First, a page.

Just to contradict my last post entirely, my commenter built on the dogmatic idolization of free markets that pervades so much of the right wing. Anyway, don’t take my word on why that’s wrong, listen to Alan Greenspan:
But on Thursday, almost three years after stepping down as chairman of the Federal Reserve, a humbled Mr. Greenspan admitted that he had put too much faith in the self-correcting power of free markets and had failed to anticipate the self-destructive power of wanton mortgage lending.
“Those of us who have looked to the self-interest of lending institutions to protect shareholders’ equity, myself included, are in a state of shocked disbelief,” he told the House Committee on Oversight and Government Reform.
Now 83, Mr. Greenspan came in for one of the harshest grillings of his life, as Democratic lawmakers asked him time and again whether he had been wrong, why he had been wrong and whether he was sorry.
Critics, including many economists, now blame the former Fed chairman for the financial crisis that is tipping the economy into a potentially deep recession. Mr. Greenspan’s critics say that he encouraged the bubble in housing prices by keeping interest rates too low for too long and that he failed to rein in the explosive growth of risky and often fraudulent mortgage lending.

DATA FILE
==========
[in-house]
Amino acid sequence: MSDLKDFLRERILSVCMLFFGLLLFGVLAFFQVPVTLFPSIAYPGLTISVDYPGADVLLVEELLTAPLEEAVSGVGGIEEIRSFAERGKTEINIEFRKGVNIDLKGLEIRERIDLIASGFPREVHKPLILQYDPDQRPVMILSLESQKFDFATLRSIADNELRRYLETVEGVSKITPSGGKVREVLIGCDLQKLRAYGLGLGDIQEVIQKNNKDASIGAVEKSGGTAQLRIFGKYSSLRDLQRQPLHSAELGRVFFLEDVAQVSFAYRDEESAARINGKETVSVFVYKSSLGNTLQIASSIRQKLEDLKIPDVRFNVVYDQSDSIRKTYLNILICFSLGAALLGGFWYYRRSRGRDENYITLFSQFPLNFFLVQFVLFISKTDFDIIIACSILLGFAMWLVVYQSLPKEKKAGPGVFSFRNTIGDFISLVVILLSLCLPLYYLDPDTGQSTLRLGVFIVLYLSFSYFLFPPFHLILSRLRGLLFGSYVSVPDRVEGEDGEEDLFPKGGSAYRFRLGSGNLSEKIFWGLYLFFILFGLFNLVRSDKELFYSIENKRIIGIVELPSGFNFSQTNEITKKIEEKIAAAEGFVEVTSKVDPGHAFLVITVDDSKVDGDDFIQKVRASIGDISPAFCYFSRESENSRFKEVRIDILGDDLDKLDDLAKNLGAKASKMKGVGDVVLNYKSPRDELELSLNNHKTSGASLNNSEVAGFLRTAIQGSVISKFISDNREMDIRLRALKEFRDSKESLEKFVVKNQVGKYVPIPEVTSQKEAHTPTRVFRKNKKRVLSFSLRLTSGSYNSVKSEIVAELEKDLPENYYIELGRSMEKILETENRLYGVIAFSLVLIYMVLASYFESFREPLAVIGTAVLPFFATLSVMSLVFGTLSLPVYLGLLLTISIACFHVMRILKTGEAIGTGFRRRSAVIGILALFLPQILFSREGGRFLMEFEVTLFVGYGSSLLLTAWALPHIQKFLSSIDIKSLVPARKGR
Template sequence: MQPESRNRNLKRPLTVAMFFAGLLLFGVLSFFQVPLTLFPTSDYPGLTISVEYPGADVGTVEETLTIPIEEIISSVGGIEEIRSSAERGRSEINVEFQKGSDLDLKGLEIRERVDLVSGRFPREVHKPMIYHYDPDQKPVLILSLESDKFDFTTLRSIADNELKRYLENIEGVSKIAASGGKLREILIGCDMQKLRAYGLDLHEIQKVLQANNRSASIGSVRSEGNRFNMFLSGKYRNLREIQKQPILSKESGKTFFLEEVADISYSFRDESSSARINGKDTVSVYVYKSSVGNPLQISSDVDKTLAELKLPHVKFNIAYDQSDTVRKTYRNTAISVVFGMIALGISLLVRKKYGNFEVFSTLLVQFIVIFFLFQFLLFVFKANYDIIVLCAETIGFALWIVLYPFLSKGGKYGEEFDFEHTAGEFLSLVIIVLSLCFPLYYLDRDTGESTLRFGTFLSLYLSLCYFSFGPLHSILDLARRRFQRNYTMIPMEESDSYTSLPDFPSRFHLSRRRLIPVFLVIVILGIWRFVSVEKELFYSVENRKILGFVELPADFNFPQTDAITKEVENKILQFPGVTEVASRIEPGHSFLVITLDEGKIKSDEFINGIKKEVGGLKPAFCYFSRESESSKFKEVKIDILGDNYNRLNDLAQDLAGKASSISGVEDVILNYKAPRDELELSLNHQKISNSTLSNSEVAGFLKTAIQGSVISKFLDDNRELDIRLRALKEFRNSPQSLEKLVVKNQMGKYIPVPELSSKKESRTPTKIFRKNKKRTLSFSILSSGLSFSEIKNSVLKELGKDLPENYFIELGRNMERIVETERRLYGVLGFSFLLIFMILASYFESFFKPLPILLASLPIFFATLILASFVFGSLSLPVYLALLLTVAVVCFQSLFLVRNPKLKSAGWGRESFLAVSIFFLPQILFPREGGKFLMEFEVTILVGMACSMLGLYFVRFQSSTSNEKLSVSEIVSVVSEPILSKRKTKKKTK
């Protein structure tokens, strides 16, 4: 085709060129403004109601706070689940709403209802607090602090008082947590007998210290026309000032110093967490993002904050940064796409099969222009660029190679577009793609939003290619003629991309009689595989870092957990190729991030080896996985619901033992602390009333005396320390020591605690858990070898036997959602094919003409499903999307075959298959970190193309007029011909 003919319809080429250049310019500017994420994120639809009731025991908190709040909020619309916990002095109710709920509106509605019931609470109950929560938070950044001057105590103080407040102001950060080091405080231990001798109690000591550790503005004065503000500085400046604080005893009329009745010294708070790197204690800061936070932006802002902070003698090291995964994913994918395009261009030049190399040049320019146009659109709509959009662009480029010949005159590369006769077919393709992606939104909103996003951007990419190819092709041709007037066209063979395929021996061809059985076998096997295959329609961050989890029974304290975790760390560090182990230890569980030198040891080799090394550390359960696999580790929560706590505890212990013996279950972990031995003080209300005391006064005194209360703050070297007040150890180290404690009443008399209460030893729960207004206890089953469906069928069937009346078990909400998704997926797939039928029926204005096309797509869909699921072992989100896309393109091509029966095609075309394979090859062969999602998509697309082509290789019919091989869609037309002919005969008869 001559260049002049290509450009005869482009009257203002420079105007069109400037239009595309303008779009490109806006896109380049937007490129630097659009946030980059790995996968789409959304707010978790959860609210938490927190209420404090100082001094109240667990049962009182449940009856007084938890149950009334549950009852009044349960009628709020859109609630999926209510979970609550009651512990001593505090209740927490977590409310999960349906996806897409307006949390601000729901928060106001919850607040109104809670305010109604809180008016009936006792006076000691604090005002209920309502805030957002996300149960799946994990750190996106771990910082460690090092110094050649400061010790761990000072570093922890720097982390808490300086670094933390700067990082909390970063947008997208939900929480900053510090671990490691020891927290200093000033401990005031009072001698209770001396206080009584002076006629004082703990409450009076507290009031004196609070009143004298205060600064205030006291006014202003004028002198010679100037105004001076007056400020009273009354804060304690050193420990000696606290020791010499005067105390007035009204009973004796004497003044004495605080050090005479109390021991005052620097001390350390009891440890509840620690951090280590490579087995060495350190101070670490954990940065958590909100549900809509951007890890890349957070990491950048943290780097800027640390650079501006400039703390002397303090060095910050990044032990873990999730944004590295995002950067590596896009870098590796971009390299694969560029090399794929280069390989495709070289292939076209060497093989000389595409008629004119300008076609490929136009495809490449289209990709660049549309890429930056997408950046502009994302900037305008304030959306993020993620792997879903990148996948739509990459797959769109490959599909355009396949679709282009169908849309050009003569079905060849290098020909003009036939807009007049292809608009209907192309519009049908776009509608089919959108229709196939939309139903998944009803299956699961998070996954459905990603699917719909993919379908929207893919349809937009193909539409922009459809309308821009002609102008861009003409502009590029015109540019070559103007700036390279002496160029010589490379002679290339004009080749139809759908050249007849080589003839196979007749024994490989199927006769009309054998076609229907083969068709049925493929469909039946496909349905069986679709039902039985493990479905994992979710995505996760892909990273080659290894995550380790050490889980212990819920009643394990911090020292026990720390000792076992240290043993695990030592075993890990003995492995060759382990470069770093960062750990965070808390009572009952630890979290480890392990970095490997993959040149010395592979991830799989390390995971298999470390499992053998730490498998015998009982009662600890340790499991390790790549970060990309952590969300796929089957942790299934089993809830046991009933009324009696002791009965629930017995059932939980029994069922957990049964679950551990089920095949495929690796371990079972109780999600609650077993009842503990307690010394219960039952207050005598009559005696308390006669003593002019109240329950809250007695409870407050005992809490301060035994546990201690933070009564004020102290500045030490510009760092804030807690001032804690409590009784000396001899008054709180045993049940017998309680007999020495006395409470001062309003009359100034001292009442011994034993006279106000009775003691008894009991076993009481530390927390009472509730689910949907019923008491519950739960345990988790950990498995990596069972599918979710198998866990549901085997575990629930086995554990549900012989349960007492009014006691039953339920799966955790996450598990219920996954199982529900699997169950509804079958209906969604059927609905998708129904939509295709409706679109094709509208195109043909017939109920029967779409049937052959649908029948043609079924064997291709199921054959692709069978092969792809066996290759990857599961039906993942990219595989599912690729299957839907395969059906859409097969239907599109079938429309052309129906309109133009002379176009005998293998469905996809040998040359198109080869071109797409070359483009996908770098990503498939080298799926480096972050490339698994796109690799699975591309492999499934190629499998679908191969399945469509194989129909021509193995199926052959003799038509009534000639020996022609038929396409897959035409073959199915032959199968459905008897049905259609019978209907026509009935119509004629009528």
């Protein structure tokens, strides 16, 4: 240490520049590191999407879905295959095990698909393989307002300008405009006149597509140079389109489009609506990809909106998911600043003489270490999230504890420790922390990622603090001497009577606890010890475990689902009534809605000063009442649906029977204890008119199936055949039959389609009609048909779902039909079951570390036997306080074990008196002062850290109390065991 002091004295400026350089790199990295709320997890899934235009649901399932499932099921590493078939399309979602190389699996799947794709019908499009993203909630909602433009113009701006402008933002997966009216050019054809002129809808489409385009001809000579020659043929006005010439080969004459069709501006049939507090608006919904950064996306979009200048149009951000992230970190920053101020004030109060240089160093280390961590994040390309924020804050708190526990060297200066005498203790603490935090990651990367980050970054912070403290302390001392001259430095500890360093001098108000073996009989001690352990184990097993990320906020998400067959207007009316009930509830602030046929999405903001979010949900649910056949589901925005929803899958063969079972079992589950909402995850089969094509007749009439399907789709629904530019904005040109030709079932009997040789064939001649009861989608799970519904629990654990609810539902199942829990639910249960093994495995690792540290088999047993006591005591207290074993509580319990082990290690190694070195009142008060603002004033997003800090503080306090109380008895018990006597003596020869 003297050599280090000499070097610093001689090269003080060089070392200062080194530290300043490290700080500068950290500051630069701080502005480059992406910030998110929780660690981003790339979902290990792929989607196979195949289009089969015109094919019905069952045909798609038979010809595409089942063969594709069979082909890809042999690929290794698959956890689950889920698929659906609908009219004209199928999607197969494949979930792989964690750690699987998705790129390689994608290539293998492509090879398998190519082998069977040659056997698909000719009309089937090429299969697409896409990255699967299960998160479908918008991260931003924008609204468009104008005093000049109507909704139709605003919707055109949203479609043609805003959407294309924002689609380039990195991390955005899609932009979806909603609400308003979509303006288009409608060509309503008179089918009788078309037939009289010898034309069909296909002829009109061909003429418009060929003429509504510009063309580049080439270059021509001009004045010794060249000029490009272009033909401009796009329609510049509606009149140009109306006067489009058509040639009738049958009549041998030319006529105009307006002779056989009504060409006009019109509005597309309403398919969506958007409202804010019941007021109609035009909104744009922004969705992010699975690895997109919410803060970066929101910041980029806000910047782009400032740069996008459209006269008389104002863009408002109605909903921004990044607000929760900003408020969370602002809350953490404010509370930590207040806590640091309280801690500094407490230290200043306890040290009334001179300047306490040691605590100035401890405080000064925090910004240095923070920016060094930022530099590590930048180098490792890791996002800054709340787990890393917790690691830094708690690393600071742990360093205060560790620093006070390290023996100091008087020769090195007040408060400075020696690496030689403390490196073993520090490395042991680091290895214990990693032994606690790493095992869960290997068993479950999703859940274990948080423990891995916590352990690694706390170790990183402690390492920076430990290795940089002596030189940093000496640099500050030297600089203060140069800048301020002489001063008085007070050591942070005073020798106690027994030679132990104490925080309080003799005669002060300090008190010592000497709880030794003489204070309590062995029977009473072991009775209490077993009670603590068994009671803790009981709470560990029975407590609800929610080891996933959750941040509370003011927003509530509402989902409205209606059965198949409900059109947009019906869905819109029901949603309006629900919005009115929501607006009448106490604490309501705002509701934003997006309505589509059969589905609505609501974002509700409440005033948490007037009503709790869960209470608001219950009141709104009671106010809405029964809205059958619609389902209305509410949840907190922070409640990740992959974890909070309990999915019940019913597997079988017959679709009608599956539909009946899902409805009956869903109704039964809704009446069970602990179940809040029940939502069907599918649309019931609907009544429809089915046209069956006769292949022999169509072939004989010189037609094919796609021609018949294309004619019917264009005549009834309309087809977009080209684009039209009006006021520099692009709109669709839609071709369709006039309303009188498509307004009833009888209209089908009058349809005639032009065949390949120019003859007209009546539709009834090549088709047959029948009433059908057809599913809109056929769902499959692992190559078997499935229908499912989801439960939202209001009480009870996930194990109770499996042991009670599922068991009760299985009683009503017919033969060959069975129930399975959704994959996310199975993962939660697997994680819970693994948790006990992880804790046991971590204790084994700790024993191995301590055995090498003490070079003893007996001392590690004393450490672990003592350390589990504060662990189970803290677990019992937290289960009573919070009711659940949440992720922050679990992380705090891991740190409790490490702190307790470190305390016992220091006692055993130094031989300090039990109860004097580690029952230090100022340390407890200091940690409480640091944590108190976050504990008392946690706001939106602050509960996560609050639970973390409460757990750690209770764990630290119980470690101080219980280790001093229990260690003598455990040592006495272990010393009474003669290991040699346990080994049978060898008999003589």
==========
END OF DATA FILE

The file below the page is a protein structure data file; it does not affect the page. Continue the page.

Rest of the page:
“You had the authority to prevent irresponsible lending practices that led to the subprime mortgage crisis. You were advised to do so by many others,” said Representative Henry A. Waxman of California, chairman of the committee. “Do you feel that your ideology pushed you to make decisions that you wish you had not made?”
Mr. Greenspan conceded: “Yes, I’ve found a flaw. I don’t know how significant or permanent it is. But I’ve been very distressed by that fact.”
Free markets sound fantistic in their unfiltered purity, but at it’s core, the ideology that espouses the supremecy of totally unfettered markets is essentially a variant of unbridled Darwinism. Taken to it’s logical extreme — in the same way that Barack Obama’s economic plan has been labeled “Marxist” — Free-Marketism (as I’ll henceforth refer to it) is economic anarchy. Certainly the banks seeking safety in the blanket of government bailouts aren’t calling for the dissolution of Federal regulation?